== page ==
After driving thousands of miles in Ireland, I know the stress that comes from thinking about driving a car in a new country.
With over 9 million people each year visiting the country of Ireland, it is safe to say that many people will be experiencing the same types of fear that I had when it came to driving on the other side of the road.
Coming from Canada, driving on the right side of the road has been ingrained in me for my entire life, so going to Ireland was the first time I ever had to drive on the left side.
And to be honest with you it was a little scary at first.
But totally worth it!
Don’t let fear deter you away from experiencing Ireland’s beautiful landscapes! It will be an experience that you will not regret.
15 Best Ireland Driving Tips For Tourists
Unfamiliarity with Ireland’s roadways and local driving rules can sometimes lead to accidents.
That’s why I decided to write this guide to give you some insightful tips and tricks to keep you safe and on the right side of the law when driving around the Emerald Isle.
1. Always Look Right First
The country of Ireland, like England and many other countries, drive on the left side of the road. This will be unfamiliar to visitors from America and other nations that are typically used to driving on the right.
Driving on the left side of the road will initially feel weird and a little scary. But the key here is to concentrate on following the flow of traffic and to get comfortable.
Just remember that when turning, instead of looking left first, that you should always look right. This is because oncoming traffic will be coming from the right side first.
Take your time intersections, think about where you were going, and make sure you observe the other cars that are around you and the direction in which they are heading.
A good rule of thumb is to check and double-check before making any turns or maneuvers.
Driving on the left side of the road will feel strange at the beginning, but it will eventually feel second nature after a few days.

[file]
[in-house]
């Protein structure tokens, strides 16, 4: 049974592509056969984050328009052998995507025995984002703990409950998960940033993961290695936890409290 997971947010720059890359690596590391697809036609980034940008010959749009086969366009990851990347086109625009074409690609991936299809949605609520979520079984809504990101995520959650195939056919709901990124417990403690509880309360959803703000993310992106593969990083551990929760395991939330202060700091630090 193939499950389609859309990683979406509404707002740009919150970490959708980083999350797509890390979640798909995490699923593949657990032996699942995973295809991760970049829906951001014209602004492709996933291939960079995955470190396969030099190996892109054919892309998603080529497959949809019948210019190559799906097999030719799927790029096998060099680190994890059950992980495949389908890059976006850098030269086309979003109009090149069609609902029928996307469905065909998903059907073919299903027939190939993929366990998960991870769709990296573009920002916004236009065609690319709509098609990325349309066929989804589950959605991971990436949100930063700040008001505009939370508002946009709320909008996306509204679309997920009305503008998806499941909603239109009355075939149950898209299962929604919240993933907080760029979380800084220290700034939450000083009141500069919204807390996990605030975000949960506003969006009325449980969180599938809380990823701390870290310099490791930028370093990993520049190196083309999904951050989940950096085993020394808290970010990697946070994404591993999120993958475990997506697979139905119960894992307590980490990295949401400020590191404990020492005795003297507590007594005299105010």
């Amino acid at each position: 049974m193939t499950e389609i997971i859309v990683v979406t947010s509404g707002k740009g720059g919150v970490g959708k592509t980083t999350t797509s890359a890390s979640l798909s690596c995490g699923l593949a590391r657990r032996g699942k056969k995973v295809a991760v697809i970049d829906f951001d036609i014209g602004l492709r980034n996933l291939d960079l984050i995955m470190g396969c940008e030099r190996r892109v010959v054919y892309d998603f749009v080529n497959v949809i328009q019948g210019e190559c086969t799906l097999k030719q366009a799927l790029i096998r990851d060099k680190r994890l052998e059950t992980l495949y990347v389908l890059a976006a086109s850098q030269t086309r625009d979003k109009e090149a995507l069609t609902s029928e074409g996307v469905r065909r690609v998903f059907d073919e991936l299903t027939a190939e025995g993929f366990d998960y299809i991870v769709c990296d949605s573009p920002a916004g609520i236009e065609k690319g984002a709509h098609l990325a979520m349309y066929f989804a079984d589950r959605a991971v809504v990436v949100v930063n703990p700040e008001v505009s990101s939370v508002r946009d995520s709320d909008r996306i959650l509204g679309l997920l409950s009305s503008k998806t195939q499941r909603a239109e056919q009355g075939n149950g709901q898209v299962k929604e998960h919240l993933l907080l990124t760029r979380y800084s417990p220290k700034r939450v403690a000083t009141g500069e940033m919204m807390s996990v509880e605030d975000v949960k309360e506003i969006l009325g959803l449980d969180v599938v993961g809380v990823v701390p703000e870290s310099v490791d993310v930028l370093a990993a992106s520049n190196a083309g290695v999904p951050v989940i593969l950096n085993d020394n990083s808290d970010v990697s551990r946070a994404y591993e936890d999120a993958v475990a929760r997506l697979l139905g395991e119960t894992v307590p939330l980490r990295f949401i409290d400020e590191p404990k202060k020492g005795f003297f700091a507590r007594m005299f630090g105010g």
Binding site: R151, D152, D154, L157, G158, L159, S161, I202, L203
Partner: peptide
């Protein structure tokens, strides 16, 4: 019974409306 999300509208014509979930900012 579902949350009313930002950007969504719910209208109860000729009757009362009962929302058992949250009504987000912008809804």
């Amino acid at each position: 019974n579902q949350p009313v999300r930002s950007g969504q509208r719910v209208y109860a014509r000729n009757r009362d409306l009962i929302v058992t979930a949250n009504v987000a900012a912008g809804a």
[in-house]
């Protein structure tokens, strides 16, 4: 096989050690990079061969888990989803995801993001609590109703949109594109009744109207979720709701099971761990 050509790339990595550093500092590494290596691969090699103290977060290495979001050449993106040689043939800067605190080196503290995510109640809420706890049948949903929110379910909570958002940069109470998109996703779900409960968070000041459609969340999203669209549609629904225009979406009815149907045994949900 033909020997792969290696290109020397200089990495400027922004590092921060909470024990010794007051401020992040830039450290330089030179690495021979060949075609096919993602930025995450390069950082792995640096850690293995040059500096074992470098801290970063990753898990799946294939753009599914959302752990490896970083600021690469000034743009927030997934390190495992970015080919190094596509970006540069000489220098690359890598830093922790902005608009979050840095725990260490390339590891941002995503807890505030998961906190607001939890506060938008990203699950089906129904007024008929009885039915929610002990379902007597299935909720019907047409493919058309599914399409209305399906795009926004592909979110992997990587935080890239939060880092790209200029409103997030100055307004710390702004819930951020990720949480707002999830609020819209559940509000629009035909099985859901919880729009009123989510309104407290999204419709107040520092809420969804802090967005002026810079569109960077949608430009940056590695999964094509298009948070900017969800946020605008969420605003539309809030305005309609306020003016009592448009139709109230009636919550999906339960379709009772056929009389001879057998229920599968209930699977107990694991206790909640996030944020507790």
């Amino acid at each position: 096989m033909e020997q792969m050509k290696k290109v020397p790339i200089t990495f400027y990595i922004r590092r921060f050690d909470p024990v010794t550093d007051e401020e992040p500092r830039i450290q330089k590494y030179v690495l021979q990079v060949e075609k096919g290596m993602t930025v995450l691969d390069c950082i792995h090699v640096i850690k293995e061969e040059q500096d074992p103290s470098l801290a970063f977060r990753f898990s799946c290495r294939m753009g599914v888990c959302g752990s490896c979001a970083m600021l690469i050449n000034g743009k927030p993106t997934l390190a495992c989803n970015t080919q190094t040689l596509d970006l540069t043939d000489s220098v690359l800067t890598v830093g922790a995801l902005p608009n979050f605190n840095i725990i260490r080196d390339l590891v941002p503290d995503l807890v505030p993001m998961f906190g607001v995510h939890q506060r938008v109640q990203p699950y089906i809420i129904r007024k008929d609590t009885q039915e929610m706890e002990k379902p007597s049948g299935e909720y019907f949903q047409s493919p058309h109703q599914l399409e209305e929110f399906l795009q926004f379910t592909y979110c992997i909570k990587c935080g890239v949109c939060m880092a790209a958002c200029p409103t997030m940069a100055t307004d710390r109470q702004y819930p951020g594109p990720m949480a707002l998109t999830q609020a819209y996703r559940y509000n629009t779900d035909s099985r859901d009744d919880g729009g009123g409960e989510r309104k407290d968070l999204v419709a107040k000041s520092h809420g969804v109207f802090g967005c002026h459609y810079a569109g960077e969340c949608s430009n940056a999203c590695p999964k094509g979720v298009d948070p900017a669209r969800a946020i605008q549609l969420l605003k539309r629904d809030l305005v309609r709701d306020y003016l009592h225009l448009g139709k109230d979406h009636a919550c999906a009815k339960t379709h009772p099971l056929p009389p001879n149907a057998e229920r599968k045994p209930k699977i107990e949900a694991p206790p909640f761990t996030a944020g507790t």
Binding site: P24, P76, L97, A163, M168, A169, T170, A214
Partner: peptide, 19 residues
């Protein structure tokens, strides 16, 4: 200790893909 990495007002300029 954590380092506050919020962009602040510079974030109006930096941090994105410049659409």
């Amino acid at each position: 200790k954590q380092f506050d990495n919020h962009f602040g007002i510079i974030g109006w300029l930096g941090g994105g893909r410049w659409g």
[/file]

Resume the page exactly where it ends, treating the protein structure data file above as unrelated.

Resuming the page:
2. Take Your Time
Some local drivers could be Formula 1 drivers. I am not kidding.
The side roads in Ireland are quite tight, and there is not much room for error. But you will see some drivers speed around these tight corners like they are like Lewis Hamilton.
But you can’t worry about those drivers. Drive at a speed you are comfortable with, and if you feel like you are being tailgated, just pull over to the side and let the car behind you pass.
3. Learn How To Change a Tire
While you are traveling in Ireland, you are bound to end up in some pretty remote places.
That is why it’s important to know how to change a tire in case one of your tires pop.
On our drive, through the Gap of Dunloe we came across another driver who’s tire was popped after he had a run-in with some sharp rocks.
Unfortunately, he did not know how to change his own tire, and was a few hours away from an expensive tow truck.
Luckily for him, another local and myself helped him out – but don’t let the same thing happen to you!
Here is a good video to watch before you go:
You just might thank me later!
4. Bring a Cell Phone
This tip goes hand in hand with the last tip – be prepared! Having a cell phone handy will help you not only with giving you GPS and map directions, but it will also give you a life line in case of an emergency
The best way to get a cell phone is to simply buy a sim card from a cell phone company and swap it into your cell phone. It is usually cheaper than using your own phone company and not too expensive
Just make sure that your phone is unlocked before you leave by calling your cell phone provider.
5. Fasten your seat belt